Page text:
In the summertime the days lengthen, the landscape brightens, and the sun bleaches what was fair to brilliant white, calling to mind crisp sheets on a clothesline, billowy clouds, or a crisp culinary uniform. At Harvard’s Arnold Arboretum, it’s timothy sprouting up among the meadow grass. According to horticulturist Brendan Keegan, the European species “was unintentionally introduced into New England by European settlers. During the 1800s, it was widely planted as a fodder and hay plant for livestock. It comes up all over the Arboretum when we do not mow the grass, which reflects the agricultural history of this landscape. The nest box in the photo provides nesting habitat primarily for tree swallows and bluebirds. These two species thrive in grassy open areas.” The tree swallows that used the box this year are gone now. They may be back when the time returns to take to greener pastures.

The Great Room in Robinson Hall.

The Great Room in Robinson Hall.

Mariel Tayag is a chef at the Heights, the restaurant on the 10th floor of the Smith Campus Center.

Mariel Tayag is a chef at Harvard University Dining Services.

Monochromatic take-out choices at the Graduate School of Design.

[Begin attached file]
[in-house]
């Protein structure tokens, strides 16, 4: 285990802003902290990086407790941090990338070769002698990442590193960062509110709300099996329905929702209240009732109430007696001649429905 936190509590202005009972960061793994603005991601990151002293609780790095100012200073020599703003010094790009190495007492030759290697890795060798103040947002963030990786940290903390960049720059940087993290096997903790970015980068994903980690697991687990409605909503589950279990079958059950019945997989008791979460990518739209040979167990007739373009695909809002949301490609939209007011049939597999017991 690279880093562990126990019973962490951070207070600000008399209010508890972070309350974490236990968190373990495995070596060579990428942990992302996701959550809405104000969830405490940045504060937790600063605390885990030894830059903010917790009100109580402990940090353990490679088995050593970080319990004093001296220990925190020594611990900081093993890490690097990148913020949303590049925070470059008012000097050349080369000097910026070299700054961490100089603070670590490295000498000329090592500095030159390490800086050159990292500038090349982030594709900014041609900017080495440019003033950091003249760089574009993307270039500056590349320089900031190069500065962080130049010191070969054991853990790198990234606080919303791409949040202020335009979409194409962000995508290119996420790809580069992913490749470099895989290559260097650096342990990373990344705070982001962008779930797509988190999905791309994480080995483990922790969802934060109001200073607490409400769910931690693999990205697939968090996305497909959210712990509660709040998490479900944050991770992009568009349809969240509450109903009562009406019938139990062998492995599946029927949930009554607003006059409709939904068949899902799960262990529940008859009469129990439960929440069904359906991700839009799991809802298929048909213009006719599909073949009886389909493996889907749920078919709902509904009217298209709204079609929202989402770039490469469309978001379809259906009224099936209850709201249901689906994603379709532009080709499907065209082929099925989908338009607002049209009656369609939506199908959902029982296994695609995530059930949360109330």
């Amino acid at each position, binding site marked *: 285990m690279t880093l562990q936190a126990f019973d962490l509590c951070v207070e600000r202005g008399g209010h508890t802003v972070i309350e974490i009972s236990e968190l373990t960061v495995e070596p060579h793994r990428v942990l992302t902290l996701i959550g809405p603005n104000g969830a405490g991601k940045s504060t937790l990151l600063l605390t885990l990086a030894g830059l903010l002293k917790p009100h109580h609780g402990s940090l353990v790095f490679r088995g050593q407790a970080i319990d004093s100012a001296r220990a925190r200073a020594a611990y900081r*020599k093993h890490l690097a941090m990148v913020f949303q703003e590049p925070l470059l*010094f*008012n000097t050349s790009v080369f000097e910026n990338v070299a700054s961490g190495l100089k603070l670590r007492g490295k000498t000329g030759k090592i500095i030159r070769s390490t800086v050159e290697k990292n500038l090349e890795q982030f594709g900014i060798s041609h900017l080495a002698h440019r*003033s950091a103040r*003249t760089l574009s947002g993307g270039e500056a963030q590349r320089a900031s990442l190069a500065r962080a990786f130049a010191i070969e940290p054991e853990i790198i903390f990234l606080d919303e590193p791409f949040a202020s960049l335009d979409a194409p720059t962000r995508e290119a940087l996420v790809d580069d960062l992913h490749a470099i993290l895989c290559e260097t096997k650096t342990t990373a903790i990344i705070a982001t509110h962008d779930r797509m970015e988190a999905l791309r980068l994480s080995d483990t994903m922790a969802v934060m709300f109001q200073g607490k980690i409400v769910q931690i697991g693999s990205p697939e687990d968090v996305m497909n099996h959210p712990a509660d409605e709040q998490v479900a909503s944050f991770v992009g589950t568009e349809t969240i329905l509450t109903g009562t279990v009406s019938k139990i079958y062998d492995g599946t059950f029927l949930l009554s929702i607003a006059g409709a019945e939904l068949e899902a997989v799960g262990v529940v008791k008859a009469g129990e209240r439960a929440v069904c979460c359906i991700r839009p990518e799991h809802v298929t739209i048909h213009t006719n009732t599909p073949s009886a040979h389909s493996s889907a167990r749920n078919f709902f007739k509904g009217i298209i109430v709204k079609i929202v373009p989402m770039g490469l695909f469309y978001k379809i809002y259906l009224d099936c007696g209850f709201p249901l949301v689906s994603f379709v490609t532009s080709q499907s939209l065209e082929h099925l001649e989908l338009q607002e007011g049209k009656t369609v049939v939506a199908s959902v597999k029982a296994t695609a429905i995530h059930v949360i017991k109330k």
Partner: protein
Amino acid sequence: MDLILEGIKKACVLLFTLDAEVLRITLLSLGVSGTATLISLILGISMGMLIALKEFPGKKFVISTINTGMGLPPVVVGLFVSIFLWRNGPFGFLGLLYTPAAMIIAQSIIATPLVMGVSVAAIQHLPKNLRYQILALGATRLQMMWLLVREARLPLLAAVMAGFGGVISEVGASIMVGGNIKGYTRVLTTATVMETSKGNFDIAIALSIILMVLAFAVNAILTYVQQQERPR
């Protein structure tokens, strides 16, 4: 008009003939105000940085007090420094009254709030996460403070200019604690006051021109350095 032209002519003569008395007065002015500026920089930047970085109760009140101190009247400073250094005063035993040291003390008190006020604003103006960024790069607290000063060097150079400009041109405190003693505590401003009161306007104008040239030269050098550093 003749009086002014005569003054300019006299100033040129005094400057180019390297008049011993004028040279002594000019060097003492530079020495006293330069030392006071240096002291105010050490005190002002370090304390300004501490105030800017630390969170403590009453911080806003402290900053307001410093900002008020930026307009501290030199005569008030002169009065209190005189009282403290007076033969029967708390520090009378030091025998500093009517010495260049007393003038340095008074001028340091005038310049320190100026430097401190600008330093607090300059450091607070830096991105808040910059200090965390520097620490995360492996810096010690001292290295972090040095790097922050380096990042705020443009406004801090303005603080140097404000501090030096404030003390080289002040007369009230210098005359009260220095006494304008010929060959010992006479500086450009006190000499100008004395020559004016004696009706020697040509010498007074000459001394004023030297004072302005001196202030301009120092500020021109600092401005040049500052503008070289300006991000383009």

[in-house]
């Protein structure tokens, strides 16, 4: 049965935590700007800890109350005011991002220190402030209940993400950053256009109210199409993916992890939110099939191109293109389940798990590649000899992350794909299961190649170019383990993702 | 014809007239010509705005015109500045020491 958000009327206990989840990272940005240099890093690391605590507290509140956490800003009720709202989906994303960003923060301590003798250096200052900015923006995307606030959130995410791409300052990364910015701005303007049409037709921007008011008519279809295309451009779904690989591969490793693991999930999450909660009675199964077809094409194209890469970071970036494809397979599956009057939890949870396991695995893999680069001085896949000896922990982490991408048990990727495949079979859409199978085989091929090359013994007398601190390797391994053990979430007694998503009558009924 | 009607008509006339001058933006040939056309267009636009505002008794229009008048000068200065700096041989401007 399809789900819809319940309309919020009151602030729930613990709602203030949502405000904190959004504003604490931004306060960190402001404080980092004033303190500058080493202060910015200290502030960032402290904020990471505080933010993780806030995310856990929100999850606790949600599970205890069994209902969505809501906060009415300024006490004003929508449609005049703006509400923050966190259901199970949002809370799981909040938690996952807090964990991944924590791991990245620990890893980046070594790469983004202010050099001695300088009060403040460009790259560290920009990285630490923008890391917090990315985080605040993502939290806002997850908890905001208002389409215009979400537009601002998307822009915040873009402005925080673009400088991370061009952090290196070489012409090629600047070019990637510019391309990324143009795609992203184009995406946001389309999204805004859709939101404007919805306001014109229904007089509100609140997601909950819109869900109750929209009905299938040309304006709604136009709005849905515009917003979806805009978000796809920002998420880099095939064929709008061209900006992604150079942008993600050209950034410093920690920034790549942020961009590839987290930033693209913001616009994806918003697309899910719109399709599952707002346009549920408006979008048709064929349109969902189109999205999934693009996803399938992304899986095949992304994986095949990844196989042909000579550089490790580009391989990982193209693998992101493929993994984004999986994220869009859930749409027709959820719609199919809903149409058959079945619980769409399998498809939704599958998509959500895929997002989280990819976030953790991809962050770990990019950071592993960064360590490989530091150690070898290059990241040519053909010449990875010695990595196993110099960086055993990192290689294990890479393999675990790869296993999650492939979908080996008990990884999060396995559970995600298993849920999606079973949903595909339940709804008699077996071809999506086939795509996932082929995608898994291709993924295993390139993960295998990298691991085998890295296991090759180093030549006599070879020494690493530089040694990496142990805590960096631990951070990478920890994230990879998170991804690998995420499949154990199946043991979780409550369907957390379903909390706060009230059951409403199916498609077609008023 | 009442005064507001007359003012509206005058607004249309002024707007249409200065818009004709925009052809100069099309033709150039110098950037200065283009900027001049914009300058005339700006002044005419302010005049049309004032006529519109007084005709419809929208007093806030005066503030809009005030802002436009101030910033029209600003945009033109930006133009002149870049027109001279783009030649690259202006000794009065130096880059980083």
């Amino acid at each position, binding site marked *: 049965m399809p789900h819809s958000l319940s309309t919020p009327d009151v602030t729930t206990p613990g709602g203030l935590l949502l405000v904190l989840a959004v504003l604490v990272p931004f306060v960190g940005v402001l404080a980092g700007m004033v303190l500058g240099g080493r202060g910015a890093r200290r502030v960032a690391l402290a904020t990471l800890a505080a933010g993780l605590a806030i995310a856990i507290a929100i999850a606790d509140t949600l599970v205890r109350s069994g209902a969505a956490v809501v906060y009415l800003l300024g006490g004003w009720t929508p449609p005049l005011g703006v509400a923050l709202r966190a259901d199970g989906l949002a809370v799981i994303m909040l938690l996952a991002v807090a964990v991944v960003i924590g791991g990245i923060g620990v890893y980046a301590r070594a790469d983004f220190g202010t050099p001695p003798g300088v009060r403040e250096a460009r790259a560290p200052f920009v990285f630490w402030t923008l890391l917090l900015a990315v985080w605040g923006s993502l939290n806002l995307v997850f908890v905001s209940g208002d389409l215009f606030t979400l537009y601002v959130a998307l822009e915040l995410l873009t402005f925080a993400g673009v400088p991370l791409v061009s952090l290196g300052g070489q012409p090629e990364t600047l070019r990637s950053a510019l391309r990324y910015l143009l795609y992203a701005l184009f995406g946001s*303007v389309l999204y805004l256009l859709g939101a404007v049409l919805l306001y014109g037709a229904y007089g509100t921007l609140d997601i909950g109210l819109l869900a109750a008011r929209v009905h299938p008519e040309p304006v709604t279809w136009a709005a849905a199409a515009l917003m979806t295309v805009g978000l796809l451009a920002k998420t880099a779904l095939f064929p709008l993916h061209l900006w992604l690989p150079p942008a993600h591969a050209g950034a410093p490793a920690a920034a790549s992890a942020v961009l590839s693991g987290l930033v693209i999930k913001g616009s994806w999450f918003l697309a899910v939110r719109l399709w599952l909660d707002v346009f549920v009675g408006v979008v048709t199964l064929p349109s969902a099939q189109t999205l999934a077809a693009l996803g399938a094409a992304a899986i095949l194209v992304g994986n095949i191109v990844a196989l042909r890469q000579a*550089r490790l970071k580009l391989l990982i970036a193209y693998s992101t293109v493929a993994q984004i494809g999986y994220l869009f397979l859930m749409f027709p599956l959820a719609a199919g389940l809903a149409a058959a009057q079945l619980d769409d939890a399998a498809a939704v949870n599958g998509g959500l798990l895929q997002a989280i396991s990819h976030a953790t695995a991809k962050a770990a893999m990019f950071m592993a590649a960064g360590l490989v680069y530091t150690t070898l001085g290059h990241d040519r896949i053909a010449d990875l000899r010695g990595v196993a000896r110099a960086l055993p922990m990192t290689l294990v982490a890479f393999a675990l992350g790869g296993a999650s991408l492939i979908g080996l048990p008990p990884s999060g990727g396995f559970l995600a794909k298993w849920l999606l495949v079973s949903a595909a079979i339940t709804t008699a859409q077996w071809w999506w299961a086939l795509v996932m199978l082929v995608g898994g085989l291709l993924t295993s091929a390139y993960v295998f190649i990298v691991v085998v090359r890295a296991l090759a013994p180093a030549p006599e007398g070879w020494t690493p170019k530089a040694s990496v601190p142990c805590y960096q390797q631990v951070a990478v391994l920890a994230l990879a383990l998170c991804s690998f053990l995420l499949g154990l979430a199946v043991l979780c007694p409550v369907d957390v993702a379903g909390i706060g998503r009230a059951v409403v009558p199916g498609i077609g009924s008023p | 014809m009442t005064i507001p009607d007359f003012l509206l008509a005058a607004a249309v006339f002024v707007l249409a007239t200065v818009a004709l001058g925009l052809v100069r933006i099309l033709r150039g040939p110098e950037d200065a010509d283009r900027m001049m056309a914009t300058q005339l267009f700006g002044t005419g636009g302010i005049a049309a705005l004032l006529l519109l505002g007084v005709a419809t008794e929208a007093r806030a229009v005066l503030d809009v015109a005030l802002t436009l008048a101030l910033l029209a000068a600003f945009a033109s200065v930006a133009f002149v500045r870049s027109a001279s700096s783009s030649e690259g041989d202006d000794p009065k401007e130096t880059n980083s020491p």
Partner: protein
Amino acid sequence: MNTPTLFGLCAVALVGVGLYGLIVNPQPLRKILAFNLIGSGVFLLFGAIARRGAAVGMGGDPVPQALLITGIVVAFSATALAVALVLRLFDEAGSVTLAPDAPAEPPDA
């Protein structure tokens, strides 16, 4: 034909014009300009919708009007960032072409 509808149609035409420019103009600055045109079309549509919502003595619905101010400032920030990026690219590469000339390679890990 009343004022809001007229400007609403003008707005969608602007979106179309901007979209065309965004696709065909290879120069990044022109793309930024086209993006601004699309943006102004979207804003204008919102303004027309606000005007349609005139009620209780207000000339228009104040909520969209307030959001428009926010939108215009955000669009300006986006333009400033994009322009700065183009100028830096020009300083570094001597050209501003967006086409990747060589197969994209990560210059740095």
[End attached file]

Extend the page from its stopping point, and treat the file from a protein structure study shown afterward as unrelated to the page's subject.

Monochromatic take-out choices at the Graduate School of Design.

A bike in Harvard Yard.

A wall of windows at the Graduate School of Design.

A bike in Harvard Yard; a wall of windows at the Graduate School of Design.

A model in the making at the Graduate School of Design.

A model in the making at the Graduate School of Design.

Memorial Church at Harvard University.

Memorial Church at Harvard University.

The bark of a birch (Betula) at Arnold Arboretum.

A smoke tree (Cotinus coggygria) at the Arboretum.

The bark of a birch (Betula) at Arnold Arboretum. Native Americans in New England cut away the bark of paper birches (B. papyrifera) to build canoes. A smoke tree (Cotinus coggygria) at the Arboretum gets it common name from the wispy hairs that extend from spent flowers once they finish blooming. The flowers themselves are teeny, bloom in the spring, and are easy to overlook. This species is native from southern Europe into Eurasia and China.

A bird house in the meadow at Arnold Arboretum.

A bird house in the grassy meadow at Arnold Arboretum was home to a pair of tree swallows this year.

Related

Red all about it

Splashes of eye-catching color brighten campus scenes

All told in gold

Harvard's twinkling icons